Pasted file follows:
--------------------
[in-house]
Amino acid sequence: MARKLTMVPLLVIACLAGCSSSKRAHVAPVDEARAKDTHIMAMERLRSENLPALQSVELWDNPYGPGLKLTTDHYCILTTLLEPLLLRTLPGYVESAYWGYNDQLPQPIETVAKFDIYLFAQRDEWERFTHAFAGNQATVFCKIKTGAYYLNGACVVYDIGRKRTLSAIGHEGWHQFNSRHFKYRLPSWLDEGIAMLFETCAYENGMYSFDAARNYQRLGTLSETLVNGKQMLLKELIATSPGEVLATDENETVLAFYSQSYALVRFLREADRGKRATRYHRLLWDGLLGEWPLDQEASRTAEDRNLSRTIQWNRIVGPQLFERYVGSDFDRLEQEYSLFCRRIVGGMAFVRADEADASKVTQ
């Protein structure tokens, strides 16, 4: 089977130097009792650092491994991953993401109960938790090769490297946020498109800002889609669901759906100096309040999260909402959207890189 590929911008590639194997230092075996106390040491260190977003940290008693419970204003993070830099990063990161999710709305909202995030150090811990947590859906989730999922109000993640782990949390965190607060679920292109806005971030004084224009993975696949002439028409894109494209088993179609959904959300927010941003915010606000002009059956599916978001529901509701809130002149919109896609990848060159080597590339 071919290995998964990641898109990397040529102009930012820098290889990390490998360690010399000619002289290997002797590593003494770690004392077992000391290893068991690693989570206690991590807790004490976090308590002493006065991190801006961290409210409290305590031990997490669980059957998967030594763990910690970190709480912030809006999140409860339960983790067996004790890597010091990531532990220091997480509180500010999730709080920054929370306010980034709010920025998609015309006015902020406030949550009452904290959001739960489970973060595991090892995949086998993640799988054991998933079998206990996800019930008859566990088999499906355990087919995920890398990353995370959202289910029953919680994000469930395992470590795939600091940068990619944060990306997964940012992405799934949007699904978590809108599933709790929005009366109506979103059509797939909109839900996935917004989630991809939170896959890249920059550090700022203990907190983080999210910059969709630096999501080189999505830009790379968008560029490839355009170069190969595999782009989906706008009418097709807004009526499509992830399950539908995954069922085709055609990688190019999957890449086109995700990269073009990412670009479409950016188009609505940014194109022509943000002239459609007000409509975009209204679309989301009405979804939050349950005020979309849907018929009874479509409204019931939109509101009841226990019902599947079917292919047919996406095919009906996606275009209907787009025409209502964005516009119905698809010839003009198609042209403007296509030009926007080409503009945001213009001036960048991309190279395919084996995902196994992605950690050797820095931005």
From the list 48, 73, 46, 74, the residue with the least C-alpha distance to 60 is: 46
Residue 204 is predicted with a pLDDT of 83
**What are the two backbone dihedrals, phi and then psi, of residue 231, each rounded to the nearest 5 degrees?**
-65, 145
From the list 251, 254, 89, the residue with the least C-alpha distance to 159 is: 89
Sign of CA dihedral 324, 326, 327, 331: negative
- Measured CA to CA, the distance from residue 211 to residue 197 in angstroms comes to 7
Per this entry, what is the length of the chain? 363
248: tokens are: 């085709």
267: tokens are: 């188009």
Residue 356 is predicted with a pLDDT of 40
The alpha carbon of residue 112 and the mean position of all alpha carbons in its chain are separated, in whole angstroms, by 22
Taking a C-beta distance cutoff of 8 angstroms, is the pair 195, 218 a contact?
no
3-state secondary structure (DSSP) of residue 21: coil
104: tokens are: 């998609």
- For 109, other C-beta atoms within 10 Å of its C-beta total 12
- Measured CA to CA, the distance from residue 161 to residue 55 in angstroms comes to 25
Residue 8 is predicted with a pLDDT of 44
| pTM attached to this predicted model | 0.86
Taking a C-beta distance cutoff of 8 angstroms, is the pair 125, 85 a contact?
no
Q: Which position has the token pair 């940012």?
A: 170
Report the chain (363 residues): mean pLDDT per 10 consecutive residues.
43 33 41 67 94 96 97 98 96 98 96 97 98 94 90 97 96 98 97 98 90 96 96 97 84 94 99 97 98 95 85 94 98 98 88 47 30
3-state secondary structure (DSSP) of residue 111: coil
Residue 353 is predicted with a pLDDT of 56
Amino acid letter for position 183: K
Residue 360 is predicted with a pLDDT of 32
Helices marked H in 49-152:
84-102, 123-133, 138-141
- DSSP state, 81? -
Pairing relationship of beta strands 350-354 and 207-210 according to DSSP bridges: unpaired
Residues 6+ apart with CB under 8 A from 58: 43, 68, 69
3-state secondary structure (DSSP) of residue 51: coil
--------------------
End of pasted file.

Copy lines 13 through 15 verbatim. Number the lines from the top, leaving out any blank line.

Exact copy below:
267: tokens are: 């188009």
Residue 356 is predicted with a pLDDT of 40
The alpha carbon of residue 112 and the mean position of all alpha carbons in its chain are separated, in whole angstroms, by 22